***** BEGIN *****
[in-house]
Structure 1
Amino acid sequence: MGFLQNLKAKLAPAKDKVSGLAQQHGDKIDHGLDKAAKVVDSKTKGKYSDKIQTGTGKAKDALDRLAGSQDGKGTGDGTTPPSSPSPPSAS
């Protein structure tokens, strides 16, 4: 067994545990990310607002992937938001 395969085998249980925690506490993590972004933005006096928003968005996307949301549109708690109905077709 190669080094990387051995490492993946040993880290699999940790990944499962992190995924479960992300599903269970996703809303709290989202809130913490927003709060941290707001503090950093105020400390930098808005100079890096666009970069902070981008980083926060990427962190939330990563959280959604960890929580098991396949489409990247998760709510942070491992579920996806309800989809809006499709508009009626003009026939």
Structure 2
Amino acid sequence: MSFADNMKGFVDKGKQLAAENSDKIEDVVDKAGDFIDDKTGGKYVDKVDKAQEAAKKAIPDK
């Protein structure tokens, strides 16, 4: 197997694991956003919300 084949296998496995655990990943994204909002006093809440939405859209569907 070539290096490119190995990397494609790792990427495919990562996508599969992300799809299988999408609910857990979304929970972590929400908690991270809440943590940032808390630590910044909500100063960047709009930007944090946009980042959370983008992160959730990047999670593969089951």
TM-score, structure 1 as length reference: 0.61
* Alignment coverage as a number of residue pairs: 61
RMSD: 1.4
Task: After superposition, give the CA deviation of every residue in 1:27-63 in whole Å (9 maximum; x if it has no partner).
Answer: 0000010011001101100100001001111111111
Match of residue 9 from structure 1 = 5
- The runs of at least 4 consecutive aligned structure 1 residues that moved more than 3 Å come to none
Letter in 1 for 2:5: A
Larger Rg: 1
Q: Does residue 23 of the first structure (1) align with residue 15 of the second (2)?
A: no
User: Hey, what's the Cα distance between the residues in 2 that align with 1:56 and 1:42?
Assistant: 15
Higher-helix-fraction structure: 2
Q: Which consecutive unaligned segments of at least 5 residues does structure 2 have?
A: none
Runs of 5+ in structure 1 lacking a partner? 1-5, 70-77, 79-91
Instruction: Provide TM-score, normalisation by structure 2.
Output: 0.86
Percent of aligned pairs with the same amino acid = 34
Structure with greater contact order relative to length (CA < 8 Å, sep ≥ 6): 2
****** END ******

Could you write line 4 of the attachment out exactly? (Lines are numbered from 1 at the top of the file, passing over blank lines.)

């Protein structure tokens, strides 16, 4: 067994545990990310607002992937938001 395969085998249980925690506490993590972004933005006096928003968005996307949301549109708690109905077709 190669080094990387051995490492993946040993880290699999940790990944499962992190995924479960992300599903269970996703809303709290989202809130913490927003709060941290707001503090950093105020400390930098808005100079890096666009970069902070981008980083926060990427962190939330990563959280959604960890929580098991396949489409990247998760709510942070491992579920996806309800989809809006499709508009009626003009026939």